William Laven, 22, has had a stammer his whole life – but he says the pandemic has made it harder to live with.
William, who’s just finished an apprenticeship in public relations, tells Metro.co.uk that his parents first knew ‘something wasn’t right’ when his first words came a lot later than other children his age.
Medical professionals said they didn’t think William’s speech would ‘ever develop to be fully fluent’, and so he was taught certain sign language.
‘They then realised that I was starting to speak normally, however I didn’t have a full fluent vocabulary until I was seven,’ William says.
For 10 years, William went to speech therapy every single week. Over this time, his stammer has ‘got better’, but he doesn’t think it will ever go away.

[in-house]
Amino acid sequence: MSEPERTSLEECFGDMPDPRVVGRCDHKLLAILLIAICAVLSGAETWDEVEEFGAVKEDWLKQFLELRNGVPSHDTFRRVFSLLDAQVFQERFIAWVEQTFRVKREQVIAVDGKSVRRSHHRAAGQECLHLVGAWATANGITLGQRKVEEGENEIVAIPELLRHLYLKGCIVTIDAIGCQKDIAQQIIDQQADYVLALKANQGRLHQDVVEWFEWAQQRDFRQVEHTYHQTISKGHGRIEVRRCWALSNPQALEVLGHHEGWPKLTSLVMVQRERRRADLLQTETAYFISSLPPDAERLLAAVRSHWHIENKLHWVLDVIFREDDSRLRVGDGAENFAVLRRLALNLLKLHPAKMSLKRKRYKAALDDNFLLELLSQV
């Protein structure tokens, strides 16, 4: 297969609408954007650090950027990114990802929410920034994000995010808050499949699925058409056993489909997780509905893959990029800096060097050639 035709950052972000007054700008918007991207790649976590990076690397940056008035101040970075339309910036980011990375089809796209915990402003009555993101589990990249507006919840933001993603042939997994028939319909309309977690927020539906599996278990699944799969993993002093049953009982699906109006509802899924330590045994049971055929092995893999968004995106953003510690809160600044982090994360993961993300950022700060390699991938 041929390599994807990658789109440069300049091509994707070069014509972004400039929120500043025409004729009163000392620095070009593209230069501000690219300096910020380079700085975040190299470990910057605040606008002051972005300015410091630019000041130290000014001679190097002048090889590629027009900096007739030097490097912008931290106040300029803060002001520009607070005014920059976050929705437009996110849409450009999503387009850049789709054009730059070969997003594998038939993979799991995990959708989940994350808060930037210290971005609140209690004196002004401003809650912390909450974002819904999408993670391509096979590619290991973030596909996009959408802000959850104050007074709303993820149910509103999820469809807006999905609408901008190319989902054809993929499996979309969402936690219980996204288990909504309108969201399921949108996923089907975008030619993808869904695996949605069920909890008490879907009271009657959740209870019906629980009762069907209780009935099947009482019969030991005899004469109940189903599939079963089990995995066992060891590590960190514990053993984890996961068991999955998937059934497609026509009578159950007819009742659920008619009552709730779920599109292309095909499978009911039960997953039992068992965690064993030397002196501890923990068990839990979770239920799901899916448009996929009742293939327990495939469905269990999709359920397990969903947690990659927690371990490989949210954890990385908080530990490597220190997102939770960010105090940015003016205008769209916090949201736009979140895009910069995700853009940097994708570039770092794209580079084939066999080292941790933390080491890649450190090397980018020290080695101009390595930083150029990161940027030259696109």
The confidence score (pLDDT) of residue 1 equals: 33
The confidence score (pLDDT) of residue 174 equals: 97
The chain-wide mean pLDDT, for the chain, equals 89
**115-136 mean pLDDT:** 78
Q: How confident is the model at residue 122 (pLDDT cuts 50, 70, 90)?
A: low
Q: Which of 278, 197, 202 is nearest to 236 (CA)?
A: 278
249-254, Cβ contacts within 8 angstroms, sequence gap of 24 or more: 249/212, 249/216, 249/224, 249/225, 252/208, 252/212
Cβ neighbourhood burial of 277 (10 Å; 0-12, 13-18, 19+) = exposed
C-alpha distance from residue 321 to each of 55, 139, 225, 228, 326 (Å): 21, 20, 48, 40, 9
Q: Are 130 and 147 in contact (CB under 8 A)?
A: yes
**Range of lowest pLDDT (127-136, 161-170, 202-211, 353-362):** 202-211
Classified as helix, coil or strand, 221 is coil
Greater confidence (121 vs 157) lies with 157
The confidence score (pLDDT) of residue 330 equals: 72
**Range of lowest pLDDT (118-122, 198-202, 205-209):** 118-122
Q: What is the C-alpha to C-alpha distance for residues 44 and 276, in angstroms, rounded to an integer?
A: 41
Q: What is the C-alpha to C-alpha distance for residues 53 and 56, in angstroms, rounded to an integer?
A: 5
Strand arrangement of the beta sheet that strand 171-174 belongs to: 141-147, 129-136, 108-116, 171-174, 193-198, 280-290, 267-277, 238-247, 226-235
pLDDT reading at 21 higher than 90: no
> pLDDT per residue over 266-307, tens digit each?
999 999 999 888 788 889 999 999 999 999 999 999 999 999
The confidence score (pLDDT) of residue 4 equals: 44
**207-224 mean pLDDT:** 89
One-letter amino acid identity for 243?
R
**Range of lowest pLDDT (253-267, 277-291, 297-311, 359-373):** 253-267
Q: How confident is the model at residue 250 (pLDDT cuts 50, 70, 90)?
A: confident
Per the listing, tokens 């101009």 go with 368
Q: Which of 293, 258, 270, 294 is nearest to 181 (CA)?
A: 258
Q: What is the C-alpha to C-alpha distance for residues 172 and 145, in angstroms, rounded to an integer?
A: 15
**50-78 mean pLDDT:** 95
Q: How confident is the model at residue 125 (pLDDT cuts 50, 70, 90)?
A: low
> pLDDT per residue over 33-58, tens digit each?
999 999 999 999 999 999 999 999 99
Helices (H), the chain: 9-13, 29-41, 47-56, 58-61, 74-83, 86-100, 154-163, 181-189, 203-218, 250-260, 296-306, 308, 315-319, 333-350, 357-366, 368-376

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He explains: ‘When I was younger my stammer was very severe to the point where I nearly struggled on every word. Since having speech therapy, that has improved my stammer hugely as I have been given different techniques to use when I do stammer – but also as I am now older it is not as bad.
‘Everyone who stammers has it completely different, I know that I only stammer on certain letters such as H’s & A’s.
‘If you met me 10 years ago and met me today you wouldn’t think I am the same person because of how different my stammer is.
‘No matter how fluent I am, I am still very conscious about it and it is always on my mind.’
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